Gaming Performance

As I mentioned earlier, under OS X games have to specifically be written to use both GPUs in the new Mac Pro. Under Windows however it's just a matter of enabling CrossFire X. I ran the new Mac Pro with dual FirePro D700s through a few of Ryan's 2014 GPU test suite games. The key comparison here is AMD's Radeon R9 280X CF. I've put all of the relevent information about the differences between the GPUs in the table below:

Mac Pro (Late 2013) GPU Comparison
  AMD Radeon R9 280X AMD FirePro D700
SPs 2048 2048
GPU Clock (base) 850MHz 650MHz
GPU Clock (boost) 1000MHz 850MHz
Single Precision GFLOPS 4096 GFLOPS 3481 GFLOPS
Texture Units 128 128
ROPs 32 32
Transistor Count 4.3 Billion 4.3 Billion
Memory Interface 384-bit GDDR5 384-bit GDDR5
Memory Datarate 6000MHz 5480MHz
Peak GPU Memory Bandwidth 288 GB/s 264 GB/s
GPU Memory 3GB 6GB

Depending on thermal conditions the 280X can be as little as 17% faster than the D700 or as much as 30% faster, assuming it's not memory bandwidth limited. In the case of a memory bandwidth limited scenario the gap can shrink to 9%.

All of the results below are using the latest Radeon WHQL drivers at the time of publication (13-12_win7_win8_64_dd_ccc_whql.exe) running 64-bit Windows 8.1. Keep in mind that the comparison cards are all run on our 2014 GPU testbed, which is a 6-core Ivy Bridge E (i7-4960X) running at 4.2GHz. In other words, the other cards will have a definite CPU performance advantage (20 - 30% depending on the number of active cores).

You'll notice that I didn't run anything at 4K for these tests. Remember CrossFire at 4K is still broken on everything but the latest GCN 1.1 hardware from AMD.

Battlefield 3 - 2560x1440 - Ultra Quality + 4x MSAA

Battlefield 3 starts out telling the story I expected to see. A pair of 280Xes ends up being 16% faster than the dual FirePro D700 setup in the Mac Pro. You really start to get an idea of where the Mac Pro's high-end GPU configuration really lands.

Bioshock Infinite - 2560x1440 - Ultra Quality + DDoF

Bioshock ends up at the extreme end of what we'd expect to see between the 280X and D700. I tossed in a score from Bioshock under OS X, which obviously doesn't have CF working and ends up at less than half of the performance of the D700. If you're going to do any heavy 3D gaming, you'll want to do it under Windows still.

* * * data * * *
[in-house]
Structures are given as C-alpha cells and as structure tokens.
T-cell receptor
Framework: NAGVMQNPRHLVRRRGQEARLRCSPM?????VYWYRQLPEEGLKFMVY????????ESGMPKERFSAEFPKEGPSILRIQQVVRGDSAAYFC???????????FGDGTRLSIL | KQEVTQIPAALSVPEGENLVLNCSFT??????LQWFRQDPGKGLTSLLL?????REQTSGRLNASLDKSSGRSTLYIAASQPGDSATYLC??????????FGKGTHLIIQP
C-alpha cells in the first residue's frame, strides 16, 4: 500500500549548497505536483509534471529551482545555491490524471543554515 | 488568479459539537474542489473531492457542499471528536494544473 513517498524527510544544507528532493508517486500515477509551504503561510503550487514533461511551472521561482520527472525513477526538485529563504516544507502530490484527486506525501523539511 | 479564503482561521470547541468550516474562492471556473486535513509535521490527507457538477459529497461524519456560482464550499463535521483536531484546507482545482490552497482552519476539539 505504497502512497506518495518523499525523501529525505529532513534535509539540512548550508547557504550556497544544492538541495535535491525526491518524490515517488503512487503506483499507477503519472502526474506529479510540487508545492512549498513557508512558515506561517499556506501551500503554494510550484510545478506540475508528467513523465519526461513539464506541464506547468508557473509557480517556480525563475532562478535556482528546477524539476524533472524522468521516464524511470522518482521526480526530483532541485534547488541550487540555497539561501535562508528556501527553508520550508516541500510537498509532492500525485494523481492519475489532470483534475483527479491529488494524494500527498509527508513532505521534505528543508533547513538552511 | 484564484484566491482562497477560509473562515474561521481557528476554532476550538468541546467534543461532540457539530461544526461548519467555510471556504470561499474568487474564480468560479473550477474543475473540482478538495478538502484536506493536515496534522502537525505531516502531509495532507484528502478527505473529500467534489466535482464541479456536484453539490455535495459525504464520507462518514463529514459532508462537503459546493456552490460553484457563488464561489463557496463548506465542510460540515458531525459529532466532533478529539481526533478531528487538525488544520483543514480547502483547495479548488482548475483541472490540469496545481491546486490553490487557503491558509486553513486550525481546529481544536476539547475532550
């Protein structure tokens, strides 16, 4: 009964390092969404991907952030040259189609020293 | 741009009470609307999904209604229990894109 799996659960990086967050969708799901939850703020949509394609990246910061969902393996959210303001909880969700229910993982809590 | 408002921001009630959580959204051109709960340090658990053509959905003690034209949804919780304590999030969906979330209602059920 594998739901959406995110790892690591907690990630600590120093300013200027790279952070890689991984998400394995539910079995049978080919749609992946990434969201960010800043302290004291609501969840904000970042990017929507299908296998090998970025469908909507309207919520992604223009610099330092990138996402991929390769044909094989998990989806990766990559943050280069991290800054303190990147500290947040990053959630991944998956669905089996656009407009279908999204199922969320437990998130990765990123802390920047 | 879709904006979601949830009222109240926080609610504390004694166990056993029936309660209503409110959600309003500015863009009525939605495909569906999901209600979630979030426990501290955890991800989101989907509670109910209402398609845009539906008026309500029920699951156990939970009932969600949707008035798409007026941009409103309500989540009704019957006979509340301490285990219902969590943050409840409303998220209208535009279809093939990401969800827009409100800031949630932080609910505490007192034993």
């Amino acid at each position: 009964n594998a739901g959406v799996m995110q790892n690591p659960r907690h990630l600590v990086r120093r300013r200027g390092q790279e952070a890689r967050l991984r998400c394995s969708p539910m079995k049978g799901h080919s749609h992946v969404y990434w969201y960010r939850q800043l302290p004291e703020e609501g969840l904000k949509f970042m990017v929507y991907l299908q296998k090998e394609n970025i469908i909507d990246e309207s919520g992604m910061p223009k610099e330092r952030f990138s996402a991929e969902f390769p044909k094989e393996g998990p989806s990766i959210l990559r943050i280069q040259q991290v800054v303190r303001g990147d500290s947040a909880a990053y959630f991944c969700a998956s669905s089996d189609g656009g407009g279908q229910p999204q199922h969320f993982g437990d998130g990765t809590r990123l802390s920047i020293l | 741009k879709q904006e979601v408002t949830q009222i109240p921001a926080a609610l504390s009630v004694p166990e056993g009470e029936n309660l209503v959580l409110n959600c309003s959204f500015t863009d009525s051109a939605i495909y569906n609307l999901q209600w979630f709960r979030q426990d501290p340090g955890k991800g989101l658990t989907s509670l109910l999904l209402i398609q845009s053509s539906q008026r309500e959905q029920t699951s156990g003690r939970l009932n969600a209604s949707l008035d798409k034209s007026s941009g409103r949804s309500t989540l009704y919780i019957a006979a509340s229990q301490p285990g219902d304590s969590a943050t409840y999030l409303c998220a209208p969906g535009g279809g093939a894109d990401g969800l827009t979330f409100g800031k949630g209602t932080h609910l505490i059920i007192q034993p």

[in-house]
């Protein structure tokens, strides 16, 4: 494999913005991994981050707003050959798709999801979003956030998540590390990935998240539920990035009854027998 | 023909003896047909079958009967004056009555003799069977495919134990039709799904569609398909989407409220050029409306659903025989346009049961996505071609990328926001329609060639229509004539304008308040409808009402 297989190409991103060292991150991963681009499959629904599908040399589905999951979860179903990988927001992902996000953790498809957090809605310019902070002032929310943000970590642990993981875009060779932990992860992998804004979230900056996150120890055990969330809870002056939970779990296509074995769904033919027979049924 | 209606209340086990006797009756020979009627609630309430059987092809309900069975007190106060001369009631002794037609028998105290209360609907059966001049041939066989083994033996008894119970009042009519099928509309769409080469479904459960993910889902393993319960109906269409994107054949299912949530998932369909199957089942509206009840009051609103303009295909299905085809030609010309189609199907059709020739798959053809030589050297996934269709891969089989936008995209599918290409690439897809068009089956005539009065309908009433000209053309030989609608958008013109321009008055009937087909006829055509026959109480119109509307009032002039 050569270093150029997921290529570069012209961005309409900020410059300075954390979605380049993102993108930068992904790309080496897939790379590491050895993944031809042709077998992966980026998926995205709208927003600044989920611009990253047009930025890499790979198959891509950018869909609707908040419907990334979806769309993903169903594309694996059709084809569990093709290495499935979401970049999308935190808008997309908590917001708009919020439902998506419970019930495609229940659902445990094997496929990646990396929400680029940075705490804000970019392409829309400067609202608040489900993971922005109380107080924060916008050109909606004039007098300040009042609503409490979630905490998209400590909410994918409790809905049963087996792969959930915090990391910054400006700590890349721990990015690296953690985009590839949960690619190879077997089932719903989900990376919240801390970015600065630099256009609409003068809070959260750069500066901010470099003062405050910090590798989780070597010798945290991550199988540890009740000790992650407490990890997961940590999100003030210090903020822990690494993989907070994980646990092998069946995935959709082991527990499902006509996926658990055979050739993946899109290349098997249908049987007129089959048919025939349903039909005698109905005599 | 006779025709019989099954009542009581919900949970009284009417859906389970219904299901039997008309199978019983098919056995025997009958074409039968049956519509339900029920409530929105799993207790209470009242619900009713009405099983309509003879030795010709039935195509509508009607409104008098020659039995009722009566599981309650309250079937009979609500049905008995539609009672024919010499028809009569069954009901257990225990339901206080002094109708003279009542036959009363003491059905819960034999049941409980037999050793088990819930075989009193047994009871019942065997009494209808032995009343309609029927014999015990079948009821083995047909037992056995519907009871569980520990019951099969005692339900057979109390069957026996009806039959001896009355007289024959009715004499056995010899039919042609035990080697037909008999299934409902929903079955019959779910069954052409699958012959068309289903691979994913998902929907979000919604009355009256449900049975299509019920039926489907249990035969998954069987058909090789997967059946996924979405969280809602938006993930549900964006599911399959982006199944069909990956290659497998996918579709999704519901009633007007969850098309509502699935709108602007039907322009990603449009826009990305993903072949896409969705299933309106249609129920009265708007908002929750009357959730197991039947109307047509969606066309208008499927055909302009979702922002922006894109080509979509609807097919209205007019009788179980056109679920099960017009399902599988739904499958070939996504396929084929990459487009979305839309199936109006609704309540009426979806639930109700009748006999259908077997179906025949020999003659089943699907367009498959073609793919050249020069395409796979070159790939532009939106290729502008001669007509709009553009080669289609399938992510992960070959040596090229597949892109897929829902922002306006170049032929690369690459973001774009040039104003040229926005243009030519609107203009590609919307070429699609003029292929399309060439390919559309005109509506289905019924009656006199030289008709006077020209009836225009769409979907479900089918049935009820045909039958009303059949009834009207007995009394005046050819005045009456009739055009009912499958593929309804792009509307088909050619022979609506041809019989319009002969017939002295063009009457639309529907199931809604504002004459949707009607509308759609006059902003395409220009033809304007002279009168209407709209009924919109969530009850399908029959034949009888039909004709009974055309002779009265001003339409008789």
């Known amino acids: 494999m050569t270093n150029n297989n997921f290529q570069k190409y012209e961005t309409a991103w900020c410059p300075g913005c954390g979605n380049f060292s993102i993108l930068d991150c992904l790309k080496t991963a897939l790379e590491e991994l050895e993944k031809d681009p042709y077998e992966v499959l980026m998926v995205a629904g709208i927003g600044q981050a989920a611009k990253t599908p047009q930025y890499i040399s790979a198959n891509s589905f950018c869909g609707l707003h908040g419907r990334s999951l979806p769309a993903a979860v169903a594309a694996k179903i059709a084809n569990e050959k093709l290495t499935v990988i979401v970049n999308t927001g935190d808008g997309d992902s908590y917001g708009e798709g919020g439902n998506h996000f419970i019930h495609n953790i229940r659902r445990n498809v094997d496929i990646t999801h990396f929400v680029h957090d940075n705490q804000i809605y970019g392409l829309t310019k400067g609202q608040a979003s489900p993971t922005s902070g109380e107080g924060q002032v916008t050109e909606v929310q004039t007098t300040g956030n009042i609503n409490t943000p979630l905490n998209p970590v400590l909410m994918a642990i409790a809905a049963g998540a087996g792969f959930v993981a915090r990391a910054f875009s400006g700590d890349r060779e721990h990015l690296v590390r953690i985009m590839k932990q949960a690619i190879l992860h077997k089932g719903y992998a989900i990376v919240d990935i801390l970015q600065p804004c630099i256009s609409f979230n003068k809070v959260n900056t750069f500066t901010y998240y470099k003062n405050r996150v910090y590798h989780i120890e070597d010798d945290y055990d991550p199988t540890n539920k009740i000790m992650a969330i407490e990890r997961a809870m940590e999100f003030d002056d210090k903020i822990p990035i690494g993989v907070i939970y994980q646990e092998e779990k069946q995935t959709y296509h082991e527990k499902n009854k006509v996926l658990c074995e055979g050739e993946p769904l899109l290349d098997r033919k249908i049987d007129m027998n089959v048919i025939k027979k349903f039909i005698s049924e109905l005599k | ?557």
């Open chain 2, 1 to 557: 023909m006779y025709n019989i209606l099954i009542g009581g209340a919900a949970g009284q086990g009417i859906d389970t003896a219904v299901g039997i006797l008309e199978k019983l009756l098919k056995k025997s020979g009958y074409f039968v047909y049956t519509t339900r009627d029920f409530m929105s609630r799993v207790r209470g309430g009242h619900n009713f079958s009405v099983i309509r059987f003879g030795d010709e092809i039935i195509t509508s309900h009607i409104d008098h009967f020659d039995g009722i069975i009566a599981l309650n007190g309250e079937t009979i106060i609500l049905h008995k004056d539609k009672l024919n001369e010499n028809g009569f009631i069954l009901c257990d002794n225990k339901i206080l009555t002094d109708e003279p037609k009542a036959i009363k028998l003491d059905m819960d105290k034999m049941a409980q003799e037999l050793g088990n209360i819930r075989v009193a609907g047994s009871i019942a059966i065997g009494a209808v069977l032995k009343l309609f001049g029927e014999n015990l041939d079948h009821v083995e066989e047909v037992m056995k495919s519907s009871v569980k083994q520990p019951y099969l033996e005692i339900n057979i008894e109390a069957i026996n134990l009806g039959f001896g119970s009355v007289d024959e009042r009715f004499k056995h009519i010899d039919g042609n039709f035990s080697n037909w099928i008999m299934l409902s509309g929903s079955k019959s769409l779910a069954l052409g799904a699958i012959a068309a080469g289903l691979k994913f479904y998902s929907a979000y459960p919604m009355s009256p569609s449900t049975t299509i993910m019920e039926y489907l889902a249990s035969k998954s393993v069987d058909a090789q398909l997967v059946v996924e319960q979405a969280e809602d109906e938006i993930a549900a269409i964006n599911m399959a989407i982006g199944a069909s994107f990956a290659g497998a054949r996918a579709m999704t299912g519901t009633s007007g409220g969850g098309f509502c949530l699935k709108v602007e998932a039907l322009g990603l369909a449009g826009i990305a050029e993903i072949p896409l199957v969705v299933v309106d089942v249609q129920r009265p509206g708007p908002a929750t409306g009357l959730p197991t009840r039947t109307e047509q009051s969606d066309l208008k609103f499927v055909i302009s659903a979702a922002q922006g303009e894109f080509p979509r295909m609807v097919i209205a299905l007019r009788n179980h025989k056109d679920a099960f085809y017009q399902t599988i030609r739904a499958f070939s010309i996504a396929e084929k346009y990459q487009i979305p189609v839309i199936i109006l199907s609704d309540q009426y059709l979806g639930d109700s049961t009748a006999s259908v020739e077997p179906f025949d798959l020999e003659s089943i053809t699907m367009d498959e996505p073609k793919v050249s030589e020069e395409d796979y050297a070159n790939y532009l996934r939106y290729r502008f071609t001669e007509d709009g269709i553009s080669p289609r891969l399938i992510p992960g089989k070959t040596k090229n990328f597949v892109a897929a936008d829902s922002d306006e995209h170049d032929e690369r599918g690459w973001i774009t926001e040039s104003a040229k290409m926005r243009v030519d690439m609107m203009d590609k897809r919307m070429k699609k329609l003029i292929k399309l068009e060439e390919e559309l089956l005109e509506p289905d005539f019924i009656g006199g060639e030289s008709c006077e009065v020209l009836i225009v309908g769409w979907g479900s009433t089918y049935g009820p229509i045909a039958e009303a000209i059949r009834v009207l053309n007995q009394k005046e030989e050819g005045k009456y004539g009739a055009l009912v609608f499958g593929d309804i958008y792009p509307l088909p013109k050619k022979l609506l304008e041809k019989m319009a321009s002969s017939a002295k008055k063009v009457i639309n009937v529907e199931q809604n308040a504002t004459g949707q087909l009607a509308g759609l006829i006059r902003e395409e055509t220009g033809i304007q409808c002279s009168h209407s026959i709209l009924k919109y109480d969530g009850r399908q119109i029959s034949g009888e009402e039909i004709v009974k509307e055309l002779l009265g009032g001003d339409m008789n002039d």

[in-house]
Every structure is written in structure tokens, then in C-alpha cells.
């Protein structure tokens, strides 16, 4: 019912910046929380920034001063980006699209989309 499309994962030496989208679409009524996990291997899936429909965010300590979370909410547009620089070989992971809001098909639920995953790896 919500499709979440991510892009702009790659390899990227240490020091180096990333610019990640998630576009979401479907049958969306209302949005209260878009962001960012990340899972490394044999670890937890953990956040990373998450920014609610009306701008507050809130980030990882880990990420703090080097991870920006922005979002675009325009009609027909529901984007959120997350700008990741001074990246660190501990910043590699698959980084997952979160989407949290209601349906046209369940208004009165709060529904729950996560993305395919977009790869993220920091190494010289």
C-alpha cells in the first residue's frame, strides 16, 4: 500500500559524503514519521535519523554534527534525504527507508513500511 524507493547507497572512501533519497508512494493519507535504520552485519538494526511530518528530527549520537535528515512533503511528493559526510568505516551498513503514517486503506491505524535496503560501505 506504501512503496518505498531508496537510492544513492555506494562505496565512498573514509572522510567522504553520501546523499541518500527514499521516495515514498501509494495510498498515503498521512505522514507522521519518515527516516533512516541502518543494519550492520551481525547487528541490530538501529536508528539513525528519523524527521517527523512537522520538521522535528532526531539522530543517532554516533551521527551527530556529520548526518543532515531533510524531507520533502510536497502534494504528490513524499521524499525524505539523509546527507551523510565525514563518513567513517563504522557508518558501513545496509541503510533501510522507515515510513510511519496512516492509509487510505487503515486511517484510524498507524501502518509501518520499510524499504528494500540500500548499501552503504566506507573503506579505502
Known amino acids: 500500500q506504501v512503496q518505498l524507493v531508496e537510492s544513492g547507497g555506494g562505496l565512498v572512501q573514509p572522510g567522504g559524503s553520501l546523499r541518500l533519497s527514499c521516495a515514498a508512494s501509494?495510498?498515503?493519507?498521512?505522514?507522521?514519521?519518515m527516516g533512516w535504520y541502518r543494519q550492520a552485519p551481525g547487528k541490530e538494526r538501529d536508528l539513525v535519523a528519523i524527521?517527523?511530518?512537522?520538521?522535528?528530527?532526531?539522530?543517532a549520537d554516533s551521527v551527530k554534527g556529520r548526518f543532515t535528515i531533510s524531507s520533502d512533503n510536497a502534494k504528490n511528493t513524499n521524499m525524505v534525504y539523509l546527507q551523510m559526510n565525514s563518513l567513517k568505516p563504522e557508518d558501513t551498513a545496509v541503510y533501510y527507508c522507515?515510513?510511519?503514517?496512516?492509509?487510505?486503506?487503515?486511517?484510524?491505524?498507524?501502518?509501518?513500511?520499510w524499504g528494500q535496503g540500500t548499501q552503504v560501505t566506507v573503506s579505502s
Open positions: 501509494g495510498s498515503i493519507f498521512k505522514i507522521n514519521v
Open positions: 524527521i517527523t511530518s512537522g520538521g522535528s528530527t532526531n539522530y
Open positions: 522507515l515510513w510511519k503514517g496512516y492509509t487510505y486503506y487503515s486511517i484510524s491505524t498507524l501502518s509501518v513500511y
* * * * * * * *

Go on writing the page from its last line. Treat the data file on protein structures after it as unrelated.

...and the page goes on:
Company of Heroes 2 - 2560x1440 - Maximum Quality + Med. AA

Not all games will scale well across multiple GPUs: Company of Heroes 2 is one of them. There's no performance uplift from having two 280Xes and thus the D700 performs like a slower single GPU R9 280X.

Company of Heroes 2 - Min. Frame Rate - 2560x1440 - Maximum Quality + Med. AA

Metro: Last Light - 2560x1440 - High Quality

Metro is the one outlier in our test suite. Although CrossFire is clearly working under Windows, under Metro the D700 behaves as if it wasn't. I'm not sure what's going on here, but this does serve as a reminder that relying on multi-GPU setups to increase performance does come with a handful of these weird cases - particularly if you're using non-standard GPU configurations.

GPU Choices 4K Support & The 4K Experience
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  • Chirpie - Thursday, January 2, 2014 - link

    Uh, remind me again which low-power HTPC can run 16 4K video streams at once? Beyond that, why on earth would you buy this computer as a HTPC? The graphic cards would be a waste. If you're gonna bash, I demand some effort.
  • Liquidmark - Friday, January 3, 2014 - link

    I don't see you admitting you have a problem with haterism.
  • Wolfpup - Thursday, January 2, 2014 - link

    The problem with saying Apple's pricing isn't out of touch with reality is that you can't only compare this to high end workstation's from other companies...this is Apple's only desktop-ish device. These things 10 years ago used to start in the mid $1000-2000 range, and with inflation that would be cheaper still. They were STILL expensive, but at least not absurdly so.